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So I have this Game Theory problem, and I have a solution, but at a certain point I assume the symmetry of the problem to finally get my answer. I'd like to be able to avoid using symmetry, though, so that in the future I can solve problems that are not symmetric.

So Alice and Beatrice are suppliers, Ashok and Bob buy from them to then sell again at retail. Ashok only buys from Alice and Bob only buys from Beatrice. First Alice and Beatrice set their prices simultaneously, $p_{A},p_{B}$ respectively. Then Ashok and Bob set their quantities $q_{A},q_{B}$, and their price is determined by


The payoffs for Alice, Beatrice, Ashok, and Bob respectively are $p_{A}q_{A}, p_{B},q_{B}, q_{A}(P-p_{A}), q_{B}(P-p_{B})$. I want to find a sub-game perfect equilibrium.

I first look at Ashok and Bob and, for any fixed prices from Alice and Beatrice, find the intersection of their best response curves.

$$\frac{dB_{A}}{dq_{A}} = 1-2q_{A}-q_{B}-p_{A}=0$$

$$\frac{dB_{B}}{dq_{B}} = 1-q_{A}-2q_{B}-p_{B}=0$$

We're solving for $q_{A},q_{B}$ so we get

$$1-3q_{A}-2p_{A}+p_{B}=0 \Rightarrow$$


Similarly for $q_{B}$. Once we know those, we can substitute into the first equation for price and solve for $p_{A},p_{B}$. But the solution will not be unique. It becomes unique when I assume $p_{A}=p_{B}$ but if anyone can point out how I can solve this without that equation, I'd appreciate it.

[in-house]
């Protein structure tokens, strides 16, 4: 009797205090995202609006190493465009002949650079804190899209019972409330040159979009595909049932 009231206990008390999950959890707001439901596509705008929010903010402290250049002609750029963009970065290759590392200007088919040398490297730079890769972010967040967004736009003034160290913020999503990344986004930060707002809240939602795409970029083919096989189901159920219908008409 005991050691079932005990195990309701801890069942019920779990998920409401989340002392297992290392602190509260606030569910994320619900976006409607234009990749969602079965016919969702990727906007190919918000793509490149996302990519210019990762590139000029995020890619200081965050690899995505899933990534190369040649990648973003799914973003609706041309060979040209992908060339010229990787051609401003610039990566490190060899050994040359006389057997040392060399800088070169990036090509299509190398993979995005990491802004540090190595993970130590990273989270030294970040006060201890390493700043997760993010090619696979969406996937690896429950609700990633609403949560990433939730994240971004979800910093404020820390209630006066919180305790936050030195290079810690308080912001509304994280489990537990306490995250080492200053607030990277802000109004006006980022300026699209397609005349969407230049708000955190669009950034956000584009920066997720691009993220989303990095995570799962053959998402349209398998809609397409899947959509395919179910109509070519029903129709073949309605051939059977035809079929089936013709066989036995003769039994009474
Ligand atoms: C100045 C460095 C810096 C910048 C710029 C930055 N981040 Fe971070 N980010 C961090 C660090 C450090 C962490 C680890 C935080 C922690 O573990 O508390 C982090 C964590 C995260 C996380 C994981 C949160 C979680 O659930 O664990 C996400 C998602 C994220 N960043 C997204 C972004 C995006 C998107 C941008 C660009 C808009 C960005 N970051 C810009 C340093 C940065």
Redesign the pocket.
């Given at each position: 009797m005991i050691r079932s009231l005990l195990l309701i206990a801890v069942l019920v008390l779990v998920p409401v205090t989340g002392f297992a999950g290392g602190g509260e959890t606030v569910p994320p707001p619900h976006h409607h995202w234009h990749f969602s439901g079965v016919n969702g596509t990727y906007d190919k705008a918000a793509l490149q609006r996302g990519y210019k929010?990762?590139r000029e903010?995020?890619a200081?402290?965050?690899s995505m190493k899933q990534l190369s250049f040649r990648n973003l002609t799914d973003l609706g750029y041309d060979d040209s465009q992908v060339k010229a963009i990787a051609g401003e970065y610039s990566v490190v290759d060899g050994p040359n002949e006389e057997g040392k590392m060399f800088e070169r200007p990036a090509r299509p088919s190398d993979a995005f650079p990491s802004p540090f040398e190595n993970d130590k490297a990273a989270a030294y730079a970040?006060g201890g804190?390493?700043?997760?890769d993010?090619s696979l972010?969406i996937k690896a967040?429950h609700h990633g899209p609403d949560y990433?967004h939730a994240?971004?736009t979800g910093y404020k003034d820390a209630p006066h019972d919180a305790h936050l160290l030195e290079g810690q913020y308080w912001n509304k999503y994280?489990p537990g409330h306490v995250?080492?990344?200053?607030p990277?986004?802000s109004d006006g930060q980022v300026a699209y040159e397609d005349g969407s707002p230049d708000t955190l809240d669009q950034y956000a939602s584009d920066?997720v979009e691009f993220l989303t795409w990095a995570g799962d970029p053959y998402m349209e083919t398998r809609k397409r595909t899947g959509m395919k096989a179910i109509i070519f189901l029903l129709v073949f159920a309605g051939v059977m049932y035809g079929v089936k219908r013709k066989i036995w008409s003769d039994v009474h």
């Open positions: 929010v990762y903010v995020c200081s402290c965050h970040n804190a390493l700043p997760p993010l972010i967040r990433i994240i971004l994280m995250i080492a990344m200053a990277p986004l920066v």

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up vote 1 down vote accepted

I think I figured this out--I forgot to imposed the constraints on Alice and Beatrice, using the fact that they know this about Ashok and Bob and will strategize accordingly to maximize payoff.

Thus if

$$q_{A} = -\frac{1-2p_{A}+p_{B}}{3}$$


$$q_{B} = -\frac{1-p_{A}-2p_{B}}{3}$$

then Alice maximizes her payoff by

$$\frac{\partial B_{alice}}{\partial p_{A}} = \frac{\partial }{\partial p_{A}}\left(p_{A}\left[-\frac{1-2p_{A}+p_{B}}{3}\right]\right)$$


With the same analysis given for Beatrice you get two linear equations in $p_{A},p_{B}$.

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